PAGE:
The Croods

Grug (Nicolas Cage) is the quintessential protective father who tries to shield his family from the dangers of the world. His daughter Eep (Emma Stone) is the adventurous type and wants to explore life outside of their cave. An unexpected visitor, Guy (Ryan Reynolds), who possesses the ability to create fire, warns the family that the world is about to crash down around them. Grug is forced to make some drastic decisions to protect his caveman clan, “The Croods.”

Laura's Review: DNS


Robin's Review: B+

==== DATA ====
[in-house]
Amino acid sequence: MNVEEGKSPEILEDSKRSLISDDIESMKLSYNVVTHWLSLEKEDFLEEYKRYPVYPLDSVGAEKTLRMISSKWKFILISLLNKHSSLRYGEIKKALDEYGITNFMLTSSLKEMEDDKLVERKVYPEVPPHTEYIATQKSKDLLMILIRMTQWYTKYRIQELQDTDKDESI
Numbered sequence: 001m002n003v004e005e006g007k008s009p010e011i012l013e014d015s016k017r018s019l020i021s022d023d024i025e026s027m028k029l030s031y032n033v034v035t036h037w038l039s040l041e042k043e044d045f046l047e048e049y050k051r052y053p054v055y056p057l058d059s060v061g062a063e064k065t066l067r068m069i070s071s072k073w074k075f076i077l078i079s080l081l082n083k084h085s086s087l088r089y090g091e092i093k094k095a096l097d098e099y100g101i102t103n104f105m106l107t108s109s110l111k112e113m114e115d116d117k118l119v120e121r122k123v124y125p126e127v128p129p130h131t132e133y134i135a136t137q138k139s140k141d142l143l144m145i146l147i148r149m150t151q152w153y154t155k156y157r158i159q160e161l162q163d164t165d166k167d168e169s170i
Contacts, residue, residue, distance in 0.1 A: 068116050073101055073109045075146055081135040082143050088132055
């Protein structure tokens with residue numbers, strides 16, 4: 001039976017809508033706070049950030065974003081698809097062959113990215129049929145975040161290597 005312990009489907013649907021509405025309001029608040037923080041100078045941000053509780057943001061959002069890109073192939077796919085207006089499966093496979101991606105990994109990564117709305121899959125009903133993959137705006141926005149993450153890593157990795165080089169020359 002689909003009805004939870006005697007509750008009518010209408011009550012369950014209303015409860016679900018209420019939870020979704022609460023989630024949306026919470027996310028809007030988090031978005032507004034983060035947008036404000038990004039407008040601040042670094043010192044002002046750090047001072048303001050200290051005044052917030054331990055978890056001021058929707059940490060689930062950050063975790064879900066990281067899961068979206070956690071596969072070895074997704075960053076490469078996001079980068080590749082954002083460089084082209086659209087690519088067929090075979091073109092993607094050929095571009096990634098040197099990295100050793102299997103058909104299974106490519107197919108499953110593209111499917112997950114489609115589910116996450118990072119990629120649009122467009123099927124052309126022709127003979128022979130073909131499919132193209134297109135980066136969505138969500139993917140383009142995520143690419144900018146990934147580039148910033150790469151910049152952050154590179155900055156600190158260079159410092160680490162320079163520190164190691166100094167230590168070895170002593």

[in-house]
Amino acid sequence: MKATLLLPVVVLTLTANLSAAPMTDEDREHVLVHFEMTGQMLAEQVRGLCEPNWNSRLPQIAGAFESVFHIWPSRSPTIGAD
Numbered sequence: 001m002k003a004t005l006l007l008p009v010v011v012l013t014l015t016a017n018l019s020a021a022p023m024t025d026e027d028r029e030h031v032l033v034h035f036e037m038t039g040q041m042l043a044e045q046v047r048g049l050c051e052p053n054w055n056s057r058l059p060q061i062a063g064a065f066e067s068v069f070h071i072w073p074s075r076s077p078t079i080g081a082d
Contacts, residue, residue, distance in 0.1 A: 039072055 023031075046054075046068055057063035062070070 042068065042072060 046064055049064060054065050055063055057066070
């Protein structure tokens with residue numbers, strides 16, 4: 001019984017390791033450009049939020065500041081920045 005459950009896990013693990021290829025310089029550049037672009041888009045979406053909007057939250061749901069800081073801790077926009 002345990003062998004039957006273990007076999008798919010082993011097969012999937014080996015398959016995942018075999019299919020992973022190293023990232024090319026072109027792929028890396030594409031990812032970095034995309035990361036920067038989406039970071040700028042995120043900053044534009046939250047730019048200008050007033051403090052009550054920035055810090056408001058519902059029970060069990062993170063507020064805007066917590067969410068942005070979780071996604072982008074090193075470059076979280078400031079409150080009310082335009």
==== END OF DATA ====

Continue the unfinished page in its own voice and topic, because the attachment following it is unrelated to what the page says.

Watching the trailer for “The Croods,” it felt like I would be seeing a version of “Brave” set in the Stone Age with daughter Eep coming of age and adventurous. Instead, veteran director Chris Sanders along with newcomer to the helm Kirk De Marco make an honest-to-goodness family film that is one of those rarities: a true film for all ages. The combination of dazzling 3D animation, witty, funny dialog and characters, good voicing of these characters, especially by Nicolas Cage as Grug, make for a neat and entertaining package. It also helps that the family-grounded story is funny, smart and contemporary. There is, quite literally, something for everyone, even the little ones who will be entertained by the 3D animation, bright, vibrant colors and an imaginative array of new creatures – an elephant mouse, four-winged toucan turtles, a land whale, a giant saber-toothed kitty cat and more. The pairing of the Neanderthal characters with the actors shows a fine job of casting. Nicolas Cage gives a lot of depth to his caveman Grug and reminds me of some of the best TV situation comedy dads. Emma Stone’s tomboy Eep is, surprisingly, only two-dimensional as she defies her dad as the rebellious teen. Ryan Reynolds gives Guy a hip, modern and inventive attitude but with human (or homo sapien) fears, like being afraid of the dark. Mom Ugga (Catherine Keener) is the voice of reason and patience and brother Thunk (Dane Clark) is aptly named. Cloris Leachman does her usual yeoman’s job as the voice of grandma Gran. There is also their near-feral youngster Sandy (Randy Thom), a cute little sloth who is Guy’s clinging companion, the correctly named Belt (Chris Sanders) and the world’s first canine pet, Douglas. The story about a family that embarks upon a dangerous journey to find safety in prehistoric times feels kind of like any of the “Ice Age” movies, but is far better. Animation and 3D are seamlessly joined and “The Croods” is one of those rare films that I actually enjoyed in three dimensions. The adventure tale is nothing new but it is the story about family bonding, love and mutual dependence that makes this terrific family fare. It has empathetic characters, a well-told story with many laughs, sentimentality, danger, fantastical creatures and a rousing finale. Not bad, to me.